2. What Is ME?

An overview of the illness ME and the main symptom of debilitating physical and mental exhaustion.

 

An overview of the illness ME and the main symptom of debilitating physical and mental exhaustion.

 

Hello again! Let’s start to look at what ME is?

 

Myalgic Encephalopathy is defined as a severe, chronic (long term), neurological (brain & central nervous system) illness, which has a huge impact on tens of thousands of people in the UK who have it (WHO World Health Organisation International Classification of Disease ICD-10:G93.3). Up to a quarter of a million people are thought to have a diagnosable “chronic fatigue syndrome” (The ME Association, 2011) - that’s as many as 1 out of every 250 people, around twice the number of people who have MS (multiple sclerosis). ME affects millions of people around the world, of all ages, even young children sometimes, and it’s the biggest cause of long-term absence from school in the UK. (ME accounts for over 50% of children & young people on long-term sick leave from school in UK - Study by TYMES Trust / Dowsett & Colby.) It’s most common in people between their mid-teens and their forties, though, and around twice as many women have it as men.

 

ME is a complex illness, and it’s not very well understood yet. I’ll talk about these things a little bit more later, but research shows that:

 

- it is a neurological illness - the brain and central nervous system is affected in measurable, physical ways, like inflammation, and low blood flow;

 

- that the autonomic nervous system doesn’t work properly;

 

- the body’s endocrine system, and all the hormones are affected, especially the so-called “hypothalamus - pituitary - adrenal axis”;

 

- muscles are affected and cannot produce energy properly at a cell level;

 

- the heart and circulation are affected, with low blood pressure and a very low volume of oxygenated blood flow around the body;

 

- the immune system doesn’t work properly, the lymphatic system is affected, and often the liver, and the digestive system;

 

- and the psychological "system" is often affected.

 

ME can be one of the most seriously debilitating illnesses there is. A lot of people who have ME have so little energy and are so ill, that they have to spend most of their day, every day, sitting or lying down, doing nothing. In severe cases, they are literally bed bound and not able even to lift a pen to write, or a comb to do their hair, some can’t even speak, may not be able to swallow food, and may need to be tube-fed. Others who are diagnosed with ME or Chronic Fatigue are still working or at school, but with reduced hours.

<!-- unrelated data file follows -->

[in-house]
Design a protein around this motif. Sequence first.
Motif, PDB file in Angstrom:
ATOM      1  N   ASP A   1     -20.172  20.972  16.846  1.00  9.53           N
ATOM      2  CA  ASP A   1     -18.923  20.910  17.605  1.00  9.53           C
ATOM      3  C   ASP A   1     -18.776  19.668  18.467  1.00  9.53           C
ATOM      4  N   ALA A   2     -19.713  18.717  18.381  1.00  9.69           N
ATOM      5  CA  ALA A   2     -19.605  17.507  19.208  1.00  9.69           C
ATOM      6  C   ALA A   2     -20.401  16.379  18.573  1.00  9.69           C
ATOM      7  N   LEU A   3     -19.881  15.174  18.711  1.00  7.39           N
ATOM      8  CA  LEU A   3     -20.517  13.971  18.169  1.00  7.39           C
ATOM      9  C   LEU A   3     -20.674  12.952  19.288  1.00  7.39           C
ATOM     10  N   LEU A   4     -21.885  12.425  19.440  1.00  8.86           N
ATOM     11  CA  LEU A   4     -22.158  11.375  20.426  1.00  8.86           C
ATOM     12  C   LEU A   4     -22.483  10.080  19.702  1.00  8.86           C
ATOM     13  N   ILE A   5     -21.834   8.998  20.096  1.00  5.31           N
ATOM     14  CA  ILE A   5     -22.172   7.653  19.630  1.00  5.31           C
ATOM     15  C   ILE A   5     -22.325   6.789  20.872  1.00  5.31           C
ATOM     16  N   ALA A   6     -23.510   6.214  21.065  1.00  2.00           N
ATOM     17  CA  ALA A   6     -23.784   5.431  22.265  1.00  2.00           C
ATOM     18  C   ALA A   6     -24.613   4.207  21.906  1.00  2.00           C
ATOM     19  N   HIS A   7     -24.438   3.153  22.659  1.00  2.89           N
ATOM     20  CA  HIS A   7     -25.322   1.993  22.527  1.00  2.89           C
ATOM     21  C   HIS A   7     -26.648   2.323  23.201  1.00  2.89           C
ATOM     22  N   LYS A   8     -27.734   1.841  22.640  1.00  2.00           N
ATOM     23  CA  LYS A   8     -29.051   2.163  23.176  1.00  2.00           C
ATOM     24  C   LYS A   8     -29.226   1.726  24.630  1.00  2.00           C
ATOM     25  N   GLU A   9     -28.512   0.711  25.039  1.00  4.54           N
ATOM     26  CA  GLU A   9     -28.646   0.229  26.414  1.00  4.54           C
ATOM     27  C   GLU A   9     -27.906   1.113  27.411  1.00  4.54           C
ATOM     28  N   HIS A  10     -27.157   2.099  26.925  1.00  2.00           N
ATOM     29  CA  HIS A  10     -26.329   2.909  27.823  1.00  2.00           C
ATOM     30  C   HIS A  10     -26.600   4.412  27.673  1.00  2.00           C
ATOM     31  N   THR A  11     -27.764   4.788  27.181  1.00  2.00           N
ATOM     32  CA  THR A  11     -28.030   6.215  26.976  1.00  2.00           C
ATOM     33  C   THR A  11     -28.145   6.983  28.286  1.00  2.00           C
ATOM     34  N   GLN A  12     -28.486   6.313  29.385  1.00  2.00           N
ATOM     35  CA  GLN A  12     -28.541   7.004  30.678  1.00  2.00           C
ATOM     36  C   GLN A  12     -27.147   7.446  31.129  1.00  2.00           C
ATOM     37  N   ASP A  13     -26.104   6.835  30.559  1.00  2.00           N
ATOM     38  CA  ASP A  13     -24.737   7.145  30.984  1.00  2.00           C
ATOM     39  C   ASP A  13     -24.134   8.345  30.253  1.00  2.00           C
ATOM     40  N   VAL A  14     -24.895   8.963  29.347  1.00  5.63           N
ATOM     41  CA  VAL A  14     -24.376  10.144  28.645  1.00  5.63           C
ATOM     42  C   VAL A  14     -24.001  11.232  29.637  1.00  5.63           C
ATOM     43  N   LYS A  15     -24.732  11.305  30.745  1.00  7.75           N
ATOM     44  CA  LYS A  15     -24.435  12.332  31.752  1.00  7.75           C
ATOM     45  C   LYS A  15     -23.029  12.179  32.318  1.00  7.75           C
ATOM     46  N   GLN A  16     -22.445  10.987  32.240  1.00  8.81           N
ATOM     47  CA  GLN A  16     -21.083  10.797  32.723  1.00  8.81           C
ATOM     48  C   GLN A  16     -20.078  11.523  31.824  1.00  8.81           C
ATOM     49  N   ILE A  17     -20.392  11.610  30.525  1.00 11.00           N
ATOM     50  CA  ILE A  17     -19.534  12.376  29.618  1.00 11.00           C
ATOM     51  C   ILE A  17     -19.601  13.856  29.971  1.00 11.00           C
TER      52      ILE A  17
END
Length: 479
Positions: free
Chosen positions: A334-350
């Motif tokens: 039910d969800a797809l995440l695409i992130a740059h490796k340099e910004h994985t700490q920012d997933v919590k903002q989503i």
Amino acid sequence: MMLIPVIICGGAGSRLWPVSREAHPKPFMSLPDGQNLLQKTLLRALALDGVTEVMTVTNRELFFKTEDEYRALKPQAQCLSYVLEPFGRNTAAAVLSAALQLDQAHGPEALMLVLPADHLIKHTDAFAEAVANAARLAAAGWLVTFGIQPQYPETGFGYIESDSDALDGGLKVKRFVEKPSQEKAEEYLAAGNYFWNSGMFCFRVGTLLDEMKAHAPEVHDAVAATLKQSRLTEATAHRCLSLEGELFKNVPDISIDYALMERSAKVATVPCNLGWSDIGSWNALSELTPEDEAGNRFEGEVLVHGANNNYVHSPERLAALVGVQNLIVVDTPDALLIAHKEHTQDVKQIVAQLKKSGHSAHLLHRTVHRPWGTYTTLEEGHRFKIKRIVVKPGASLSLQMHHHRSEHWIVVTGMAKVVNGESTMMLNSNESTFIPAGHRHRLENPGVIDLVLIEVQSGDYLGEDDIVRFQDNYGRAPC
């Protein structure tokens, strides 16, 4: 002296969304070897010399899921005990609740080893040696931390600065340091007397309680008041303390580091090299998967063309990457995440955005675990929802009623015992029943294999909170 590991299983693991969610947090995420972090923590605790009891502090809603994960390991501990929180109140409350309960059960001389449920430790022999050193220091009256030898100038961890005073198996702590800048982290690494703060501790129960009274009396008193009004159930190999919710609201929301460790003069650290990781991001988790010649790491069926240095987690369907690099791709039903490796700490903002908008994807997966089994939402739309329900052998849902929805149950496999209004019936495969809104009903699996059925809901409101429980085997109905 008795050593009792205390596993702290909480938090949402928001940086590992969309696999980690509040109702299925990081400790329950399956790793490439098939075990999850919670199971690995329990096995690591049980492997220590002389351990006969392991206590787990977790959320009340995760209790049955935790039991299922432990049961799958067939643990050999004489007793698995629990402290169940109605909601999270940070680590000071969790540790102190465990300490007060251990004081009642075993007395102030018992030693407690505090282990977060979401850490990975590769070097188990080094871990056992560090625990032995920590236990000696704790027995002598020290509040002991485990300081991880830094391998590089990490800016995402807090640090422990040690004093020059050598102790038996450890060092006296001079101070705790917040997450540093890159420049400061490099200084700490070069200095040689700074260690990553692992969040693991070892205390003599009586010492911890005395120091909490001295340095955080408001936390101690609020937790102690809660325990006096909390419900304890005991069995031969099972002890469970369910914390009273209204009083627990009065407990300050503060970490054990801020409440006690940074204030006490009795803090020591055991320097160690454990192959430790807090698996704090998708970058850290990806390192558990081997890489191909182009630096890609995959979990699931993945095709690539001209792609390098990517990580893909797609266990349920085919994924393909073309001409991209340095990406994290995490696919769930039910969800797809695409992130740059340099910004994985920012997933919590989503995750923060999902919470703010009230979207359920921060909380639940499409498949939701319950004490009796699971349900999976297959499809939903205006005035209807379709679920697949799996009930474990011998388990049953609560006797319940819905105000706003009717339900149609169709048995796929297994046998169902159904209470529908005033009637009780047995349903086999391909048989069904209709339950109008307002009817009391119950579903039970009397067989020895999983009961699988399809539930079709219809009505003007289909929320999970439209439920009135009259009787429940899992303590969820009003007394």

The symptoms can vary a lot from day to day, often without any warning or explanation - which can make planning ahead, or going to work, really difficult - or even meeting up with friends. In a week you might have a couple of really bad days, 2 or 3 average days, and a couple of days where you can actually do a little bit more - but still nowhere near as much as normal.

 

Saying that people with ME are just ‘tired all the time’ doesn’t even begin to cut it - being ill with ME means feeling as wretchedly ill and as tortuously, uselessly, feebly exhausted as it is humanly possible to feel, virtually all the time; it means physically not being able to do even a fraction of all the things you so desperately want to do; it means your brain and your memory and all your thinking is like it’s lost in some thick fog which you just can’t shake off; it means you’re sleeping loads but you’re still not feeling refreshed when you wake up; it means being painfully oversensitive to everything - and I mean, everything. Having ME can make you feel as ill as someone who’s got AIDS or someone who’s on chemotherapy, and it can be as debilitating as having a stroke or having MS.

 

The exhaustion with ME is like the whole body’s battery doesn’t work properly. Whatever you do, it can only ever charge up to a fraction of being fully charged ... and it takes far longer than normal to recharge even up to that level. And every time you do anything, it gets used up far more quickly than normal. So someone with ME would have to ‘ration’ their energy, balancing out activities that use up a bit more energy, against time when they’re ‘on standby’ (maybe chatting to a friend or watching TV), and when they’re actually resting (to try and re-charge their battery). And it would all get worse if they had just come down with another cold, or if the weather had just changed, or if there was any stress - or 101 other things that can affect someone with ME.

 

From my own experience, when my ME was bad, a whole day’s ‘high energy’ activities - on a “good day” - might be getting up and dressed, one 5-minute walk, cooking lunch (and probably resting halfway through), two or three 15-minute sessions of light housework (like dusting or washing up), playing the piano for 15 minutes, and checking emails for 10 minutes. My ‘low energy’ activities might be 1/2 hour of reading, and chatting to a friend on the ‘phone for up to an hour. The whole rest of the day, all I could do would be to lie down or sit down, perhaps with the radio or TV on quietly. Physically, I couldn’t run even 20 metres without feeling unbearably ill for 2 days afterwards.

 

But on top of all that exhaustion, there's a whole load of other really unpleasant and debilitating symptoms that people with ME can often have - although of course they do vary from person to person. I'll talk about them next time.